The photos on this page of the essay are shots of wild plants and flowers that I did not have room for elsewhere.
The lovely fern in photo #1 caught my eye on one of my stops on the Eastside Grand River Road; some greenish colouration still remains in the frond at the right and in some of the leaves in the centre, but most of the plant is a brilliant reddish-tinged brown.
Photo #2 is a wildflower I know as butter-and-eggs; its Latin name is Linaria vulgaris, and is also apparently known as yellow toadflax. It was at the side of the Railway Trail near the Shore Road the day I was hiking there.
Photo #3 is a wildflower I know as the blue aster, though, in this photo, the blue is extremely pale and tinged rather towards the violet; its Latin name is Symphyotrichum ciliolatum. It was on the shoulder of the Shore Road, a bit north of the Railway Trail the day I was hiking there. This hardy plant thrives in woods and poor soils; notice all the stones on both sides of the photo that it has pushed through. A long stretch of the Mull River Road has clumps of blue asters along its shoulders, a very pretty sight in the fall.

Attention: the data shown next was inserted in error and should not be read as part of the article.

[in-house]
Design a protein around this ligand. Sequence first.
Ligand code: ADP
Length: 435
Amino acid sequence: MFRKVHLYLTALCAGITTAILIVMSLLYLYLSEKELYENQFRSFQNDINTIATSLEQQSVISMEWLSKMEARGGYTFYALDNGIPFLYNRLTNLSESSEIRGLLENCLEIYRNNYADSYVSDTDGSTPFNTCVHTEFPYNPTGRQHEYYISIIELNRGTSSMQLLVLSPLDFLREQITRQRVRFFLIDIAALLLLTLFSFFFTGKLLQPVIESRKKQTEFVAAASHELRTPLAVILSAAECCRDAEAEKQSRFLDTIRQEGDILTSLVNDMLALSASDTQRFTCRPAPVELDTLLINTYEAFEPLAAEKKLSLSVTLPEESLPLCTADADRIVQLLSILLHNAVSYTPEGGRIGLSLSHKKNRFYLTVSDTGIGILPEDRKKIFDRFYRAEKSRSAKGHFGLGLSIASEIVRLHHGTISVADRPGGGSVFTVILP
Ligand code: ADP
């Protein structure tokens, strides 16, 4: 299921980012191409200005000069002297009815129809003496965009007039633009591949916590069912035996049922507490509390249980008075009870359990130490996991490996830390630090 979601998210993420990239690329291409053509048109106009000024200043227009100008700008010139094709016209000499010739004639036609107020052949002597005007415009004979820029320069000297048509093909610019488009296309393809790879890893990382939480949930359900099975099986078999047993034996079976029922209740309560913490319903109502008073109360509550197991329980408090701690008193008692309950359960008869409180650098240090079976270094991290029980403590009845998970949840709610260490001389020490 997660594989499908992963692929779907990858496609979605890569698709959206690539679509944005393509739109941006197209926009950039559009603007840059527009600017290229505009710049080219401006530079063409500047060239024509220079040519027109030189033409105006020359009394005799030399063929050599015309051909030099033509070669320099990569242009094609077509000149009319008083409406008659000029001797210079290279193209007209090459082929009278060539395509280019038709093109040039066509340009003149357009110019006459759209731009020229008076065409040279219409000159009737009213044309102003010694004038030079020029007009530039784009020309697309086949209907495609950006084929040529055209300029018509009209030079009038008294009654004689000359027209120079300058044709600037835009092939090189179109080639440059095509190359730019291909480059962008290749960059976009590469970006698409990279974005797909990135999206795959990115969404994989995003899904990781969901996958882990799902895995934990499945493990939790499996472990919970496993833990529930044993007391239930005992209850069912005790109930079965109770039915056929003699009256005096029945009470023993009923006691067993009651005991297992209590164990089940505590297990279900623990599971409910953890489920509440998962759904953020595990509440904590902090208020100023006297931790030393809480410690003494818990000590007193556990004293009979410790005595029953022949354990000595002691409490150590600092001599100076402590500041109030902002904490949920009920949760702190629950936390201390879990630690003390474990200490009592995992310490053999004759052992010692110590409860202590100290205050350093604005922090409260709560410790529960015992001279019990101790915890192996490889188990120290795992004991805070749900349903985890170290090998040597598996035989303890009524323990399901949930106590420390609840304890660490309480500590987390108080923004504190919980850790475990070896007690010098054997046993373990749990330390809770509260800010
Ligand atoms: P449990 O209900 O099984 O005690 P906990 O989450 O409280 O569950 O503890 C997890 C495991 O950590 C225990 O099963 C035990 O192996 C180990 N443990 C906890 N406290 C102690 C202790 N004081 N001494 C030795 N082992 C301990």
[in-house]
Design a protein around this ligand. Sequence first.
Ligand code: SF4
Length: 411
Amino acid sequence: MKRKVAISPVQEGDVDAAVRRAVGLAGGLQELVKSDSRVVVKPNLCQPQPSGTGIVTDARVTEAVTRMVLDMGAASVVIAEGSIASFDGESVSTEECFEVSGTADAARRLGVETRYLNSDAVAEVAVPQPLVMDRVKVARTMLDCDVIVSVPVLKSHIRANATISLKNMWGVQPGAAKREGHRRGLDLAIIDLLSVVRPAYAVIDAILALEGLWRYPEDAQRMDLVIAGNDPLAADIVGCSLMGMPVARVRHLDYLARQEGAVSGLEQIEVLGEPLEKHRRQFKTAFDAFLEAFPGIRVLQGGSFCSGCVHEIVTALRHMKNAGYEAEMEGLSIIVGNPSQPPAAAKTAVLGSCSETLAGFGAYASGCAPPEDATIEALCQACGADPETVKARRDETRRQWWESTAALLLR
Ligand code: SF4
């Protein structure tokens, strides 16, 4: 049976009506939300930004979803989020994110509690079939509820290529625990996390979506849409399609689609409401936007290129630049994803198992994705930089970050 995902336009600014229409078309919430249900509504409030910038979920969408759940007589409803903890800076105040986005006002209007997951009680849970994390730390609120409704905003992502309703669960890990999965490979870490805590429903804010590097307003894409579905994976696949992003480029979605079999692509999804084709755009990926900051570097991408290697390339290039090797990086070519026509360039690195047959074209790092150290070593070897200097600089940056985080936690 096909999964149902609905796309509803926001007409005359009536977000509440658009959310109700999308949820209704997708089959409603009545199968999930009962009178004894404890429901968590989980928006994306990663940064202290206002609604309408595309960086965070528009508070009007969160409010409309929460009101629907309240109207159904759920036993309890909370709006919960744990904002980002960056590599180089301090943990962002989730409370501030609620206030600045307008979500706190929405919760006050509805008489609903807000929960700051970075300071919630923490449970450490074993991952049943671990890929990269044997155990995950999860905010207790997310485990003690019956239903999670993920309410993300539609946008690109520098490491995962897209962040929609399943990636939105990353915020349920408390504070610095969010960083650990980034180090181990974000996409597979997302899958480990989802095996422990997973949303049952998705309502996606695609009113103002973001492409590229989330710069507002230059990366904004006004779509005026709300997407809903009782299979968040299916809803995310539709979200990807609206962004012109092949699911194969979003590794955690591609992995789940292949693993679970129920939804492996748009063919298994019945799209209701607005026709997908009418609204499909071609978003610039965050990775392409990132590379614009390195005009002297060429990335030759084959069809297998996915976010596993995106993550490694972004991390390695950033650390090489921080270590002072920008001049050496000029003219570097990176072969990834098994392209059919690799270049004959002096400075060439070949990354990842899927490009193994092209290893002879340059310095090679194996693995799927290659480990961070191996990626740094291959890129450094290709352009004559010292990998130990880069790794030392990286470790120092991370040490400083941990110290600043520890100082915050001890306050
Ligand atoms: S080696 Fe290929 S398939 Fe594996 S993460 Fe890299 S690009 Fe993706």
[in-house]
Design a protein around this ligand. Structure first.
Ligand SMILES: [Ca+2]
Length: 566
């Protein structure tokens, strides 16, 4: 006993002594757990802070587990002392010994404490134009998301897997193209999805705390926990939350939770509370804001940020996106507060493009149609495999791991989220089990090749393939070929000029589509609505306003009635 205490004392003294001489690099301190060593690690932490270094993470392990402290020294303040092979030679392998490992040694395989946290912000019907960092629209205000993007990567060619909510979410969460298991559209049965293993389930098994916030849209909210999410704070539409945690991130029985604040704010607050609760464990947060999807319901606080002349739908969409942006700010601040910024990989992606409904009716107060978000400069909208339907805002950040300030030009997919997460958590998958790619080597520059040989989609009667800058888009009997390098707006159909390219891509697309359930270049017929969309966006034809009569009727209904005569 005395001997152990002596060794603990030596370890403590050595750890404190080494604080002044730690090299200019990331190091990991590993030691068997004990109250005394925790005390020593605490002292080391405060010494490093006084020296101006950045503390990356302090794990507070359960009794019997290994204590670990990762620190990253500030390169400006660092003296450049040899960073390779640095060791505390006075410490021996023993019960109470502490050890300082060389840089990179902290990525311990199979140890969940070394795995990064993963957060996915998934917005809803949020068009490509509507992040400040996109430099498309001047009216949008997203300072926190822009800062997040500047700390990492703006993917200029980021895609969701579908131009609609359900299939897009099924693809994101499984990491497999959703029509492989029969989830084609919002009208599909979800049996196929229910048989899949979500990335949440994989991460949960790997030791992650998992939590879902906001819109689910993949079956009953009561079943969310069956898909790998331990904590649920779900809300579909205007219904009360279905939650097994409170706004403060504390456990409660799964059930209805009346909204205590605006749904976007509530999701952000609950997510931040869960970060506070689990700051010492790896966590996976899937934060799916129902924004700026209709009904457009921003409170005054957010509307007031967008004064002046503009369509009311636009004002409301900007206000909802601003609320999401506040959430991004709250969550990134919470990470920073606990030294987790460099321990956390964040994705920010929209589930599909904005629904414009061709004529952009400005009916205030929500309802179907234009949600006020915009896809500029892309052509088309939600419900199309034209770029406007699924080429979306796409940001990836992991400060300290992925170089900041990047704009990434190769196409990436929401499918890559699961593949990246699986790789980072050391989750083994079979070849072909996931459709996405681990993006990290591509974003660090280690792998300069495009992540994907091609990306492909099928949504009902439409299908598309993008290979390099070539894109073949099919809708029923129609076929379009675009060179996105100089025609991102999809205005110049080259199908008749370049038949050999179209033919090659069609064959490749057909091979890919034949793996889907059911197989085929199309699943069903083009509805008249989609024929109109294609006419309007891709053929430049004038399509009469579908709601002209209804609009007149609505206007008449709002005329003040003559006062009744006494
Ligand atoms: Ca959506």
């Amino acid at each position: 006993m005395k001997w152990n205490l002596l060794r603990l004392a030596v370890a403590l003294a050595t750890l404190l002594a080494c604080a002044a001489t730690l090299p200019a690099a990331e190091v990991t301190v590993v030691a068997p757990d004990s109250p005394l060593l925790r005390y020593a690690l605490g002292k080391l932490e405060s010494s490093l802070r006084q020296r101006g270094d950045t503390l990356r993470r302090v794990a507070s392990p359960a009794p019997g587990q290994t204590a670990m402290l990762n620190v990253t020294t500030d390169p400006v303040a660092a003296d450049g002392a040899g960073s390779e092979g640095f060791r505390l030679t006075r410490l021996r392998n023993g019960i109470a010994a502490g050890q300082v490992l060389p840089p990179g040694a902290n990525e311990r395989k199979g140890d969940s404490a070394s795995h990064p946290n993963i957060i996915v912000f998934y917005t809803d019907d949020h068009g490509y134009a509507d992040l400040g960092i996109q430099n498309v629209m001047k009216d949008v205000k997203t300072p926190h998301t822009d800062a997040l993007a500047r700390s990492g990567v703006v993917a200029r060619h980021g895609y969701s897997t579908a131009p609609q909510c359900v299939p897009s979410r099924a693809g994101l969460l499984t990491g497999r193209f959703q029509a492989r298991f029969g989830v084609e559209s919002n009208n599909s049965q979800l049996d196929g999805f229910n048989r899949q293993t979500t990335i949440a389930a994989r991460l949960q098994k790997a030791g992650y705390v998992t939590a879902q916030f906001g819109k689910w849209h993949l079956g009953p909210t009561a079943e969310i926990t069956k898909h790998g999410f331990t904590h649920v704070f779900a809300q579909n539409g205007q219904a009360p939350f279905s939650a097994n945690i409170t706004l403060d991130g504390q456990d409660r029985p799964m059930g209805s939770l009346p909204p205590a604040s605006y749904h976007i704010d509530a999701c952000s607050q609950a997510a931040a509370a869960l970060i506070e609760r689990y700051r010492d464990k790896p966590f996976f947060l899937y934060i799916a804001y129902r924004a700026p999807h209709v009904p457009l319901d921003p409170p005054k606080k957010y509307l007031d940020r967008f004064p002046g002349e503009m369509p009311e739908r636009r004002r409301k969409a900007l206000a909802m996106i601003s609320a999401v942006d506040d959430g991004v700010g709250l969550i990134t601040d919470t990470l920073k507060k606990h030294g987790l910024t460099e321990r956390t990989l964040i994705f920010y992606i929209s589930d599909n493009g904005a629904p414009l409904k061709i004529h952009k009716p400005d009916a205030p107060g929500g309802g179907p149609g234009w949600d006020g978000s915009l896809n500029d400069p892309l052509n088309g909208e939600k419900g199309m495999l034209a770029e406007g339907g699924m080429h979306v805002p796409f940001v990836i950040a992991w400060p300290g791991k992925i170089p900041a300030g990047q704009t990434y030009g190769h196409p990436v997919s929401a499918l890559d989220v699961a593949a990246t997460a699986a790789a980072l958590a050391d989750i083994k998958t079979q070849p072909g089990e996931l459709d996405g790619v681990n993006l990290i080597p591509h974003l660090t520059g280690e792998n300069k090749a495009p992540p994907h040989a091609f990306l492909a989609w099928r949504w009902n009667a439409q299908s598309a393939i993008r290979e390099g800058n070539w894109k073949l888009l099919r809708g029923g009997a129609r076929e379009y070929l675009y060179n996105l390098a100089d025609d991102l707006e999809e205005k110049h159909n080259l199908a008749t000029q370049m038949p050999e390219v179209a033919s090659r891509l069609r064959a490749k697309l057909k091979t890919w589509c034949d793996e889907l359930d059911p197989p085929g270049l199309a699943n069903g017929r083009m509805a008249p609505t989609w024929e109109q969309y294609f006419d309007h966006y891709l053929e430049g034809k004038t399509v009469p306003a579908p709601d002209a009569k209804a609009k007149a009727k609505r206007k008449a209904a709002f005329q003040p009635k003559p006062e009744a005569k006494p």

Photo #4 is a wildflower of the aster family (often considered a weed and no more popular than the beautiful dandelion) that my flower-knowledgeable friend identified as cat’s ear, a term previously unknown to me; its Latin name is Hypochaeris radicata. It looks somewhat similar to what I knew in the North Country as the Indian paint brush,¹ which came in red, yellow, and orange varieties, all often intermixed in the same stand, but these flowers are larger and taller and some have a centre very similar to a daisy, whereas the flowers I knew were usually no bigger than the end of a little finger. These flowers were in the grass below the Shore Road a bit north of the Railway Trail crossing.
¹ It appears that the term Indian paint brush designates elsewhere a totally different flower found in western North America (species Castilleja and sometimes called prairie-fire)↩
Photo #5 is of the cattails (Typha latifolia) below the Shore Road just north of the Railway Trail crossing. The head at the centre has begun to release its seeds in a fluffy mass, which has a plethora of uses for both man and beast: birds line their nests with it and people use it as tinder to start fires, for stuffing pillows, and for lining moccasins, for example. The entire plant has both culinary and medicinal uses. See the Wikipedia article for much fascinating information about this plant; recipes for stir-fry, pilaf, and soup made of cattails can be found here, part of a web site with much good information about this useful, if sometimes troublesome, plant.